"That's not something I'd go around broadcasting," Davis advised, "biggest bunch of arse bandits ever..."

"The Fenian Brotherhood," corrected the farmer. "He was a dynamitard. He dynamited all around him in England until he was betrayed by the informer McDermott."

The others lit cigarettes as more poteen was splashed into the cups.

"He aways used the spring, never the clock. The spring. 'Tis yer only man!" he explained.

Marsh shook his head. "The spring, hmmm," he mumbled.

"That stuff would put a smile in yer step, bejaysus," said Ructions, smiling himself at the thought of it.

"Liquid dynamite," laughed Davis.

Emer removed a plate of cooked bacon from the range oven. Ructions licked his lips.

"You said he was a lunatic," she said to her husband as she placed the bacon on the table.

"A lunatic!!" snarled the farmer. "I said he died a lunatic." He looked at Marsh appealingly. "He became a lunatic because of the lack of dynamite."

"What about the springs?" inquired Edwards.

"Yeah, the fucking lack of springs. The informer McDermott. The prison beatings. Solitary confinement and bread and water. All that turned him into an acute lunatic. Now you go on and carve up the bacon and don't…"

"Sure that would drive even a bishop spare...especially informers," agreed Marsh.

The men munched on the bacon. The farmer splashed more poteen into the cups. He was a little unsteady as he stood up on a chair and from there stepped onto the table. He thumped the ceiling with his raised fists. His wife threw a resigned look towards Edwards and shook her head.

"I'm more Irish than Cuchulainn," the farmer roared, with the beltaine bonfire of a light in his eye. "I'm as Irish as the turnips in the duck pond field. I'm Irish from the balls of me feet to the crown of me head. I'm gun-cotton Irish. I'm dynamite Irish. I'm fucking nitro-glycerine Irish. I'm Fenian Brotherhood Irish. I'm Invincible Irish."

"He's also drunken Irish," his wife muttered to Davis.

"T'was down by the Glenside I met an old woman," sang the farmer in a tuneless bawl. He was joined by the others as he swayed on the table. As they sang the second verse the farmer decided to plough his own furrow, more the modern rapper than an old-time rapparree.

"If I had nine times nine lives, I'd gladly give all of them for the freedom of Ireland," he rapped out as the others sang. "I will snap the neck of John Bull wherever I find him. I will break the palsied grasp of England and her quislings. I will spit on..."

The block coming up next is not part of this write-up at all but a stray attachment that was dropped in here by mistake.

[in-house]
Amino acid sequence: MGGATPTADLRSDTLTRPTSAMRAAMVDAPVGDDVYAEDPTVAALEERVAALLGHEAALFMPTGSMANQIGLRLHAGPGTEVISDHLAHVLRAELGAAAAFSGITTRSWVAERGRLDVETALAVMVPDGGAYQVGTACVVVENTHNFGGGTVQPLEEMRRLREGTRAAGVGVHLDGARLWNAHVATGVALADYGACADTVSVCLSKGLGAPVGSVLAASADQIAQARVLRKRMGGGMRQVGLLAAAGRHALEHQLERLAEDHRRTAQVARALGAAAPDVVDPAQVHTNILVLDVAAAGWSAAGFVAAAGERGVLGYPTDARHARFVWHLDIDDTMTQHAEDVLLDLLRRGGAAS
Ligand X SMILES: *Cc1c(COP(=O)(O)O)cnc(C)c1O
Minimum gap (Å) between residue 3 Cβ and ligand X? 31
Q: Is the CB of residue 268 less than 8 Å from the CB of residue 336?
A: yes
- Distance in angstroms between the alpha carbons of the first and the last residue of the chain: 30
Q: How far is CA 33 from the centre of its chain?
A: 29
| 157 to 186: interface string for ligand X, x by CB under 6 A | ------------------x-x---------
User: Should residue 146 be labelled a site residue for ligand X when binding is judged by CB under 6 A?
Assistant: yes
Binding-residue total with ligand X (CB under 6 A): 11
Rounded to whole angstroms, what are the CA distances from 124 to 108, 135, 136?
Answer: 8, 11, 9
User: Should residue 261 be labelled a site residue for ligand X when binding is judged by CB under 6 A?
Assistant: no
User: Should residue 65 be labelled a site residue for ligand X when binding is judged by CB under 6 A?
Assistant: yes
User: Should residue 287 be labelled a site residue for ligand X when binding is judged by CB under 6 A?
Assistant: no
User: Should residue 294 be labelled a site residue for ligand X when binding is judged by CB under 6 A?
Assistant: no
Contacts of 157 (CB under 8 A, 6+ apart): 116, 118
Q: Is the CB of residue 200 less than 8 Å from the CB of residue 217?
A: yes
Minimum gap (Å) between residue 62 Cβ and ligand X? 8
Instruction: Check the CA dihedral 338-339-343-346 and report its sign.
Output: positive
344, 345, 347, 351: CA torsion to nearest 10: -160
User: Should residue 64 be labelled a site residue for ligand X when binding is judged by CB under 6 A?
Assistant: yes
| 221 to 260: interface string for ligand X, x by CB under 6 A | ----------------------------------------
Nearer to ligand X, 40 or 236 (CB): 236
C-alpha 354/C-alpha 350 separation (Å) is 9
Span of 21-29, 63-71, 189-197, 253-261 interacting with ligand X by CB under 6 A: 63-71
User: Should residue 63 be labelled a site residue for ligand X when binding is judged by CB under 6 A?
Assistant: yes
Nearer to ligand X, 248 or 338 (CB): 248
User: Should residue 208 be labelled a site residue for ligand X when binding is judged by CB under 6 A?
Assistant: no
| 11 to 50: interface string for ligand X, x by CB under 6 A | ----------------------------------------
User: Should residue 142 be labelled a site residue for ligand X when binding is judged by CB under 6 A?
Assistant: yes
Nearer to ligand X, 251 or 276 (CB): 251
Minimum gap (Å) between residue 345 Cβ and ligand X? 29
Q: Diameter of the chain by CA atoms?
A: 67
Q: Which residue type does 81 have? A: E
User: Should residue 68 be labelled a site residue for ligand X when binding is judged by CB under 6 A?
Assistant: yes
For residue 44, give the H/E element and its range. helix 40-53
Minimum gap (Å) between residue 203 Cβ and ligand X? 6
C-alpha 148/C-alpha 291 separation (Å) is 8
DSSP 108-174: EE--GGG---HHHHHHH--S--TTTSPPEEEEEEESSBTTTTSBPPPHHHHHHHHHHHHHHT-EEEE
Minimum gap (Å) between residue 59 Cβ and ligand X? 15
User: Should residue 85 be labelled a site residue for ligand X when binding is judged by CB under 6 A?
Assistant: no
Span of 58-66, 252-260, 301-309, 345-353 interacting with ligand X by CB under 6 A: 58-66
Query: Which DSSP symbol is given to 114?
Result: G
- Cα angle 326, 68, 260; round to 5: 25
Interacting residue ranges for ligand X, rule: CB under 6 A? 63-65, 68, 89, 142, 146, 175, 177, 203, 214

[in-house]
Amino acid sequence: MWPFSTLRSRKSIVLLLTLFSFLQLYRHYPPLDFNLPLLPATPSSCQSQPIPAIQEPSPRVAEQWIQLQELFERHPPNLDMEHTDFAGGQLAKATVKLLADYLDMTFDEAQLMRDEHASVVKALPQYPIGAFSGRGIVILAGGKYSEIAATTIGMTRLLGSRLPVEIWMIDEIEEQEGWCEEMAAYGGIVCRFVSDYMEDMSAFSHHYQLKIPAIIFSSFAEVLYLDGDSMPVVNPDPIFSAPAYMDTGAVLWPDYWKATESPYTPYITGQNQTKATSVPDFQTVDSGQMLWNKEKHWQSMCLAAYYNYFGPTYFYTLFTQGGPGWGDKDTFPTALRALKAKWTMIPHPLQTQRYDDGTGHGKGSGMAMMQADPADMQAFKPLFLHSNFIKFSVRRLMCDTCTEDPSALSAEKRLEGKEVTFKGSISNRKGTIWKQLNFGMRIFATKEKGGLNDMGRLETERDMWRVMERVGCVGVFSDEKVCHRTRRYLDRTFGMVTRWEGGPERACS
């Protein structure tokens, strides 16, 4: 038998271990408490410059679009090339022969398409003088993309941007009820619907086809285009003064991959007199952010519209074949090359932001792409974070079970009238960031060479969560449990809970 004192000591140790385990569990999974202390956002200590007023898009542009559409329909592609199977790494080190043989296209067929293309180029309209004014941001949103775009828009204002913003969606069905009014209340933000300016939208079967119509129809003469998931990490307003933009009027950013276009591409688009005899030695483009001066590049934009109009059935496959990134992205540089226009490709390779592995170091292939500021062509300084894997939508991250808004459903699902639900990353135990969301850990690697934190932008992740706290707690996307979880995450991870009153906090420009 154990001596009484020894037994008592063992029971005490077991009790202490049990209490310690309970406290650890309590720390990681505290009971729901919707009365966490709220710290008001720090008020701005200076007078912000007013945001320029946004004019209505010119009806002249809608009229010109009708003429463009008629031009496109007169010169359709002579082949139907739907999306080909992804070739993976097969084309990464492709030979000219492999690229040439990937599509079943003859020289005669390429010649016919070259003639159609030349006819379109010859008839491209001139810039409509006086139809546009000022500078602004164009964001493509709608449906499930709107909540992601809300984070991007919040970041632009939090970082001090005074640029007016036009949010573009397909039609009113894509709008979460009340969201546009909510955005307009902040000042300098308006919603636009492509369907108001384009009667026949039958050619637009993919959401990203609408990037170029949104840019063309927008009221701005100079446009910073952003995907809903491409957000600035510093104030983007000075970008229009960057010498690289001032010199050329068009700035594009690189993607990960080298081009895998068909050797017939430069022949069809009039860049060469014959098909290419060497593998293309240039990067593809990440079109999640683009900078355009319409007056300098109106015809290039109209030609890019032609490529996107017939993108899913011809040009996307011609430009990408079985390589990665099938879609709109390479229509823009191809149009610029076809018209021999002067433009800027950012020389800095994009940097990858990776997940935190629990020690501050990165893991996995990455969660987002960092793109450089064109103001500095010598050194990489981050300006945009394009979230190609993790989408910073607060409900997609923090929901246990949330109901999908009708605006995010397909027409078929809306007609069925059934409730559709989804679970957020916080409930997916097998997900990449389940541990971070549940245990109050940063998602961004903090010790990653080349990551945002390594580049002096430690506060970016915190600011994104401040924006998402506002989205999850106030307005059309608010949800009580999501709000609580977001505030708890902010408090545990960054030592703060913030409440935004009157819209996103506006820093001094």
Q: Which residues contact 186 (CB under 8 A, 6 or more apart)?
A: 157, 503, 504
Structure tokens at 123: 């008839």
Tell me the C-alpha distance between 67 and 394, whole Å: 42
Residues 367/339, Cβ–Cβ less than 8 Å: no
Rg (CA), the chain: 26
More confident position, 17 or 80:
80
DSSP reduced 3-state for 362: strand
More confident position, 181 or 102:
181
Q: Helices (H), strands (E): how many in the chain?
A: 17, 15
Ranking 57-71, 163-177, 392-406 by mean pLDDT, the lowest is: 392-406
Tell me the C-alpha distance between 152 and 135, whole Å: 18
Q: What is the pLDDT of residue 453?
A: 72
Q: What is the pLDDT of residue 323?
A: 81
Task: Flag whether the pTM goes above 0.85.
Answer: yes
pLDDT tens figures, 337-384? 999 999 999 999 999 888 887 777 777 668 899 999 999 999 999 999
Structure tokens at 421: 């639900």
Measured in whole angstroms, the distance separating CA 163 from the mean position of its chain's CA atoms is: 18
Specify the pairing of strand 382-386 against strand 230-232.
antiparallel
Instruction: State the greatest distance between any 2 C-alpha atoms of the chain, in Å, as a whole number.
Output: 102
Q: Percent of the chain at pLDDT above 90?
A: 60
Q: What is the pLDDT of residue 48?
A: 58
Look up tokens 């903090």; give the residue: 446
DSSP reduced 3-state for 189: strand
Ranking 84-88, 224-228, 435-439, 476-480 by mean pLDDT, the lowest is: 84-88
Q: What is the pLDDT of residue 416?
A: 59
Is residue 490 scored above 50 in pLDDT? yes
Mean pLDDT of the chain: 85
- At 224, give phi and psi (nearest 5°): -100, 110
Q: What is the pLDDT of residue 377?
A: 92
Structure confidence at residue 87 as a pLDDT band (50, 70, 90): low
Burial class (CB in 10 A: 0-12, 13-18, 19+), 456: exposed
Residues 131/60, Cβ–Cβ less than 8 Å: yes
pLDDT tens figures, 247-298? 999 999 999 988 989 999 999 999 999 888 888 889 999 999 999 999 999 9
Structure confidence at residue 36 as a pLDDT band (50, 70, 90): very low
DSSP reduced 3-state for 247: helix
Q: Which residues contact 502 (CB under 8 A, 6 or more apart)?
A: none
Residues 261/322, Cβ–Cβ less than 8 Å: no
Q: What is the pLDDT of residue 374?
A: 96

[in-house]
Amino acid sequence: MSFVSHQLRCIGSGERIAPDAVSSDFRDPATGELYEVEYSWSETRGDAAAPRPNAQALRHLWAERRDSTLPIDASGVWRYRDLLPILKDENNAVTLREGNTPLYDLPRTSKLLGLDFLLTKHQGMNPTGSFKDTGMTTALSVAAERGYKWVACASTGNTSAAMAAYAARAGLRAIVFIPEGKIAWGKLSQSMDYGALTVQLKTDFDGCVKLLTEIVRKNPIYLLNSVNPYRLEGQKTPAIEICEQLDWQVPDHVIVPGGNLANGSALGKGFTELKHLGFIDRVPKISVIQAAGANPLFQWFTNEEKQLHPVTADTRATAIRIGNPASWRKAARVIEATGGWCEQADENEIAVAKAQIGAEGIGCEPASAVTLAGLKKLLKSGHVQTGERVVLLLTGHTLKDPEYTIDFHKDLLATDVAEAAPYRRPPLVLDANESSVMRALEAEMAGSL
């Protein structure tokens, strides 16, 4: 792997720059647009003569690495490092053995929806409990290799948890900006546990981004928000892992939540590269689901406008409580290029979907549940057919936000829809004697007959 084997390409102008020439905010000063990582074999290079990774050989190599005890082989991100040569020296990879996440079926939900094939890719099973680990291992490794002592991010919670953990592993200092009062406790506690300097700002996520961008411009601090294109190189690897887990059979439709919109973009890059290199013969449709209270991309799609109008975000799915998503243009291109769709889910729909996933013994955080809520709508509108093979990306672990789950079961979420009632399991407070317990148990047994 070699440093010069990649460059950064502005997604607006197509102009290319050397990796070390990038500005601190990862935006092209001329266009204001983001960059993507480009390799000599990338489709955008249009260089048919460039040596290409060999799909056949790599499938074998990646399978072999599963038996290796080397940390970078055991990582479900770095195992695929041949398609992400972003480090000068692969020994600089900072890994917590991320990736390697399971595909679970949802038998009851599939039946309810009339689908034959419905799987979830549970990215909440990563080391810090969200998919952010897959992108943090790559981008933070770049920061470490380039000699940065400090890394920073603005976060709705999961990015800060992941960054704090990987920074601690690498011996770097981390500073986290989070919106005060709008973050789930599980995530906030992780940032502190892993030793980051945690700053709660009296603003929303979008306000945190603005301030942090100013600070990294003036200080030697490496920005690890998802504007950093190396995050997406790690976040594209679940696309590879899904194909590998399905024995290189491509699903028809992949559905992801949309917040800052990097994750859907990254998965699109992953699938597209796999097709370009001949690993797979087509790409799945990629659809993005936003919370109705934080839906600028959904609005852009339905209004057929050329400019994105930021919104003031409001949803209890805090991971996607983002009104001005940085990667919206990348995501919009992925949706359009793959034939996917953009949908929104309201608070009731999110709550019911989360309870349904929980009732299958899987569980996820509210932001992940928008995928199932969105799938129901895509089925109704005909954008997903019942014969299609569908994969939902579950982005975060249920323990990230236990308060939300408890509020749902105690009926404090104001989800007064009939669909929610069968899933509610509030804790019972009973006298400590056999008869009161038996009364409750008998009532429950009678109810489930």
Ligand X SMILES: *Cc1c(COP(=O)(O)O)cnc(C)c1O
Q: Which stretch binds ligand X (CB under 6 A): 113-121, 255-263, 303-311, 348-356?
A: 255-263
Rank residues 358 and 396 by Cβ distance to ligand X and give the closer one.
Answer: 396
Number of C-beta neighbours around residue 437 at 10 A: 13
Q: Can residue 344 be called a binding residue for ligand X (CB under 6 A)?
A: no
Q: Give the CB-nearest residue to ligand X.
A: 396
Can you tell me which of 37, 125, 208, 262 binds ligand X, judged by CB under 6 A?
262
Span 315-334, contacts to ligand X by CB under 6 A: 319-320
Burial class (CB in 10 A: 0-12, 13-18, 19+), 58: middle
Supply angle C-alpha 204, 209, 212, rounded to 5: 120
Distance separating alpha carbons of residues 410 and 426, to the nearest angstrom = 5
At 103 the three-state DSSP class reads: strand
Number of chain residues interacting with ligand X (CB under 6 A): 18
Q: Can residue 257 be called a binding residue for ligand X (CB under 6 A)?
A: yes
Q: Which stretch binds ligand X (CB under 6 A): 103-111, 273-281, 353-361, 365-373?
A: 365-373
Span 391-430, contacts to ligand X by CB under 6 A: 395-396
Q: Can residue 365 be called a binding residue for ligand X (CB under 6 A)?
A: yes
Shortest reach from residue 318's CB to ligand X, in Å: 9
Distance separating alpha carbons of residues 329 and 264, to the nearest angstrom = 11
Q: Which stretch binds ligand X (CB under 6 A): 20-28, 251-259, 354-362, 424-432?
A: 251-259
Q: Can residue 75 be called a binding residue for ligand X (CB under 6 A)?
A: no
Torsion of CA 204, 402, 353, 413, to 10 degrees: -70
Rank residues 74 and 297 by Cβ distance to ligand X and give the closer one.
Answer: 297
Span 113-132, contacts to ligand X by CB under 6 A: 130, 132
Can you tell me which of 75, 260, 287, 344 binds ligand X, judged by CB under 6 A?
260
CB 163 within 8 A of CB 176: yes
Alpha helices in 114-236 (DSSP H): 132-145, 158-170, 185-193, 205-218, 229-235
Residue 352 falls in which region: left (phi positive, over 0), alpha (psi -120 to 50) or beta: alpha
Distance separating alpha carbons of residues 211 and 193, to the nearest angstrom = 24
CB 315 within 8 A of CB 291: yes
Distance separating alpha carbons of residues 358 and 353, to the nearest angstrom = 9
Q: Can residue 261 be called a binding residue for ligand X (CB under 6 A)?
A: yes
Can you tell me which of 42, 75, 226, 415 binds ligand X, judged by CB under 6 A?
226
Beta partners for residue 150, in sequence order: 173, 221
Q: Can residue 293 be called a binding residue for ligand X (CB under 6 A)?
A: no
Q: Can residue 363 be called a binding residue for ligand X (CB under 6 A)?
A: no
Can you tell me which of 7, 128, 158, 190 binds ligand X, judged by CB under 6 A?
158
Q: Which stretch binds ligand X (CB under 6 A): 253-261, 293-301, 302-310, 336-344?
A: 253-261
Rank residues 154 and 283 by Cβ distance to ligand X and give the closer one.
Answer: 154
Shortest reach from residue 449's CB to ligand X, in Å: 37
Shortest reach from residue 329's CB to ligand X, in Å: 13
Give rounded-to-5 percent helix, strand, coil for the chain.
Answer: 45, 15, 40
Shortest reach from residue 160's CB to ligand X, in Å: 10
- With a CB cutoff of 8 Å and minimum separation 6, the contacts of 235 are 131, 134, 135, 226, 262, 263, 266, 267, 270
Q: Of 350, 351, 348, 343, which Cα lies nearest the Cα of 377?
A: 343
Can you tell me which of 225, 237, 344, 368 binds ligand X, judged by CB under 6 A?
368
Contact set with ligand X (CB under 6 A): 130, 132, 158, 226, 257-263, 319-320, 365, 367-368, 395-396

"There's a car coming up the road," shouted Edwards.

"It's the vet," said the farmer's wife. "I forgot that he was due for a TB test today."

"Everyone under the table," shouted Ructions, as himself and Marsh dragged the farmer from the top of it. He resisted until Marsh pulled out a gun.

"Open yer mouth and I'll scatter yer teeth all over yer gums."

The vet knocked on the door for quite a time. Then they heard the car leaving.

"That's a stubborn fucker," the farmer muttered as he emptied the last of the poteen into the cups. Suddenly he ran out into the yard.

"Get him," ordered Marsh.

Edwards raced after him thinking that the farmer was trying to sell them out. He was relieved when the farmer just stood in the middle of the yard and addressed an imaginary audience at the top of his voice.

"My call," he bawled out. "My call to the people of Ireland. I will murder without warning. I will kill without compassion. I will destroy like me great-uncle James. He was as sane as a rock until they drove him mad."

"The neighbours!!" shouted Ructions, looking out the small kitchen window.

The farmer's wife laughed. "The neighbours, huh!" She shrugged. "They'll just know he's on the poteen again, which is more than enough knowledge for the likes of them, and not the slip of a salmon between the whole collection. Bitches and whores, hanging outta half-doors. Criticising."

"She's as mad as he is," thought Ructions, turning his attention back to the man himself.

"In his madness me great-uncle saw things that were an abomination to the sane world," the farmer went on. "He saw things that Knackers never saw. He saw things that were before their time. Things that would make the hairs stand on gooseberry bushes. He saw the dead Rossa, the soon to be dead Pearse standing over him. Do yis hear me. Yis fools, yis fools, yis fools..."